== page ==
Akre Citadel site in late afternoon
We were proud to conduct this entire research project in partnership with University of Texas at San Antonio. We worked closely with Dr. Lombardi, who is an internationally-recognized scholar in the field of architectural preservation. Her guidance and mentoring greatly contributed to the project’s success. Furthermore, my study of GIS and community planning as a Fulbright student prepared me to conduct this research project. In fact, I largely depended on the skills that I learned through my master’s program in GIS and Community Studies at Texas Tech University. Moving forward, my team and I are planning to take the next steps toward applying for world heritage status, which include categorizing the site based on the International Standard for Documentation and Assessment, and also creating a standard coding system for the site’s attributes.
Jambally graduated from Texas Tech University in 2011 with an M.A. in GIS and Community Studies. In the future, he plans to use the skills he learned from the Akre Citadel project to preserve other neglected historical sites in the Kurdistan region of Iraq.
Monday, March 21, 2016
Maroua with team members Slim, Wael and Soufien (from left).After completing my Fulbright grant and graduating with a degree in Urban Design from the University of Colorado, Denver, I decided to apply my newfound skillset by planning a redesign of the center of my home city, Sfax-Tunisia. Four architects and I designed an ambitious plan to improve public spaces while preserving the city’s heritage. The name of the proposed project, Trans. Ur, was chosen because the area is a transitional space between the old city and the new, and also because “Sur” or “Soor” is the Arabic word for rampart--- a medieval defensive wall.
Strategies of the Trans-Ur Place design program.
Unfortunately, the two substantial problems in this city section are first, that it is congested with car traffic and street vendors, and second, that it is also choked by pollution. Our comprehensive plan to improve these issues is to re-structure the spaces of ancient city center by using modern principles of design. Applying new architectural theories that I learned in graduate school will create a more vibrant and enjoyable space. Our project aims to improve existing flow by encouraging green, multi-use transportation in four phases:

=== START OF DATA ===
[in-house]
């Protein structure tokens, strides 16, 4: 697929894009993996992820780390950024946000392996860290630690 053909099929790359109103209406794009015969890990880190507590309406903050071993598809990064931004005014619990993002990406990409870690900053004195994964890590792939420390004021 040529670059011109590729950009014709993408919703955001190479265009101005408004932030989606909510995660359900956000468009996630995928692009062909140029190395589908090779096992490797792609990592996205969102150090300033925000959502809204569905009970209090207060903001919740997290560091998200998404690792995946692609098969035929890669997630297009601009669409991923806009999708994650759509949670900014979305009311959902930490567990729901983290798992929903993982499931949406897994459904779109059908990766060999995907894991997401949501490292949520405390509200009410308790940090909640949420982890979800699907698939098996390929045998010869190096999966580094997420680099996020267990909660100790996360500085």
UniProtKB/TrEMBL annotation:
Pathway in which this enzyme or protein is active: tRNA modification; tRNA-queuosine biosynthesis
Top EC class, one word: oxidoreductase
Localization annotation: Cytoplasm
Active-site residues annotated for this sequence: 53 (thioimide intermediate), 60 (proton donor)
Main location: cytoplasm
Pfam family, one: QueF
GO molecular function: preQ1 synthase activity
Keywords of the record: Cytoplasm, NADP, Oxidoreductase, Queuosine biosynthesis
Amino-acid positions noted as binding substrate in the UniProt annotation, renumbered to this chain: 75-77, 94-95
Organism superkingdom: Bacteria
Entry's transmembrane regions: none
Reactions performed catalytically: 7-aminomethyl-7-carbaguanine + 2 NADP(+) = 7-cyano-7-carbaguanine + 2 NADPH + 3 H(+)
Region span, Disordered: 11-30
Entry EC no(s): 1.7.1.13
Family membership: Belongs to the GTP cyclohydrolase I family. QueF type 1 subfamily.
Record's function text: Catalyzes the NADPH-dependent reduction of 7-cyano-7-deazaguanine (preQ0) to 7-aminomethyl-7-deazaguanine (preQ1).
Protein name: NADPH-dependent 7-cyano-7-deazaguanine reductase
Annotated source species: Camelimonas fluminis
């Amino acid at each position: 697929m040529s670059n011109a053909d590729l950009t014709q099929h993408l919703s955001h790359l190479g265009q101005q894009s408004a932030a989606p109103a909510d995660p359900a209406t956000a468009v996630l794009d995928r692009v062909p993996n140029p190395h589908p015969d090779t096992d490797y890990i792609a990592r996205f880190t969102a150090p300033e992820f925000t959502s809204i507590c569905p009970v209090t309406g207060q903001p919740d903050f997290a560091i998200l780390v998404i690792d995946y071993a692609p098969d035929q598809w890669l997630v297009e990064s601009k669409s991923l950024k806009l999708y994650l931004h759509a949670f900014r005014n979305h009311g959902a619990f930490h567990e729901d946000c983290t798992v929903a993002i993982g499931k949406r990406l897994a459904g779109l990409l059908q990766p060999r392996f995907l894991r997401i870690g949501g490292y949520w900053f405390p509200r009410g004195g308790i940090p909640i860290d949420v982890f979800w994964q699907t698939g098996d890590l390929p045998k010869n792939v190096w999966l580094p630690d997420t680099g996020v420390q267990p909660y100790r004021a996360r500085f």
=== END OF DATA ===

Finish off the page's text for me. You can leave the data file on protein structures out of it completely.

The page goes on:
The Trans.Ur Hub: During this phase, my team proposes to create a transportation hub that includes space for metro lines, buses and bicycles. This change will make the area more connected, walkable and accessible.
The Trans.Ur Historic District: New features implemented during this phase will highlight historic elements such as the ramparts, the Medina, the Kriaa market and the mausoleums. Under our plans, the city’s historic center will be well-preserved and sustainable.
Trans.Ur “ACT”: The “ACT” phase will place attention on “use” and “activities.” It will focus on making the plaza the entertainment section of Sfax, and will involve creating spaces for street workouts, parkour and free-form games. Enacting these changes will ensure that people can create their own spatial practices in the downtown area.
Multi-use activity area to be implemented during “ACT” phase.
Trans.Ur “24”: The “24” or 24-hour phase aims to make the area an engaging 24-hour zone complete with a dynamic nightlife scene. To achieve this, we plan to create a multi-use paved area that will serve as an all-hours venue for dance, theatre and folk shows.
Maroua Chaouechi graduated from the University of Colorado, Denver in 2015 with an M.A. in Urban Design.